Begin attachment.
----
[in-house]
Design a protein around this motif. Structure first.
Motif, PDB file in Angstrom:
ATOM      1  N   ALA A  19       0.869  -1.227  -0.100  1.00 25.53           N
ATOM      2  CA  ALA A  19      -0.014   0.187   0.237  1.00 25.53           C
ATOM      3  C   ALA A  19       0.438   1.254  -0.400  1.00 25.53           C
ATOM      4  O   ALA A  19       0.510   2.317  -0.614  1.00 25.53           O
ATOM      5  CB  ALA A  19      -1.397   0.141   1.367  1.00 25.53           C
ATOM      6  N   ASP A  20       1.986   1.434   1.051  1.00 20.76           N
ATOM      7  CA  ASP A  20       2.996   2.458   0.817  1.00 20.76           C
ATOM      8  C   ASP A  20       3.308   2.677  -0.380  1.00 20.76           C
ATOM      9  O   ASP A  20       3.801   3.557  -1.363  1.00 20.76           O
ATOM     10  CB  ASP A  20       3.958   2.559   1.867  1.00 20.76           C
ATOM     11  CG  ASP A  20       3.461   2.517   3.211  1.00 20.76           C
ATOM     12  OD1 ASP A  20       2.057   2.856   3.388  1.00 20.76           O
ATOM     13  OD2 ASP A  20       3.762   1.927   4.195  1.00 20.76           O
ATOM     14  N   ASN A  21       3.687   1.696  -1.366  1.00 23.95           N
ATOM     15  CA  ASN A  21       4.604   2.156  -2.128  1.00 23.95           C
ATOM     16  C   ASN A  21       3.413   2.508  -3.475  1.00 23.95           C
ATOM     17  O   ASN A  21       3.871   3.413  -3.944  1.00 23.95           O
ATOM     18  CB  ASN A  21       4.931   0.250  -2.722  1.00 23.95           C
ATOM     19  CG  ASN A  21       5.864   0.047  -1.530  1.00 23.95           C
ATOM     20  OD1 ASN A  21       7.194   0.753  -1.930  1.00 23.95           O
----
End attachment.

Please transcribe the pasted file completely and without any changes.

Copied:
[in-house]
Design a protein around this motif. Structure first.
Motif, PDB file in Angstrom:
ATOM      1  N   ALA A  19       0.869  -1.227  -0.100  1.00 25.53           N
ATOM      2  CA  ALA A  19      -0.014   0.187   0.237  1.00 25.53           C
ATOM      3  C   ALA A  19       0.438   1.254  -0.400  1.00 25.53           C
ATOM      4  O   ALA A  19       0.510   2.317  -0.614  1.00 25.53           O
ATOM      5  CB  ALA A  19      -1.397   0.141   1.367  1.00 25.53           C
ATOM      6  N   ASP A  20       1.986   1.434   1.051  1.00 20.76           N
ATOM      7  CA  ASP A  20       2.996   2.458   0.817  1.00 20.76           C
ATOM      8  C   ASP A  20       3.308   2.677  -0.380  1.00 20.76           C
ATOM      9  O   ASP A  20       3.801   3.557  -1.363  1.00 20.76           O
ATOM     10  CB  ASP A  20       3.958   2.559   1.867  1.00 20.76           C
ATOM     11  CG  ASP A  20       3.461   2.517   3.211  1.00 20.76           C
ATOM     12  OD1 ASP A  20       2.057   2.856   3.388  1.00 20.76           O
ATOM     13  OD2 ASP A  20       3.762   1.927   4.195  1.00 20.76           O
ATOM     14  N   ASN A  21       3.687   1.696  -1.366  1.00 23.95           N
ATOM     15  CA  ASN A  21       4.604   2.156  -2.128  1.00 23.95           C
ATOM     16  C   ASN A  21       3.413   2.508  -3.475  1.00 23.95           C
ATOM     17  O   ASN A  21       3.871   3.413  -3.944  1.00 23.95           O
ATOM     18  CB  ASN A  21       4.931   0.250  -2.722  1.00 23.95           C
ATOM     19  CG  ASN A  21       5.864   0.047  -1.530  1.00 23.95           C
ATOM     20  OD1 ASN A  21       7.194   0.753  -1.930  1.00 23.95           O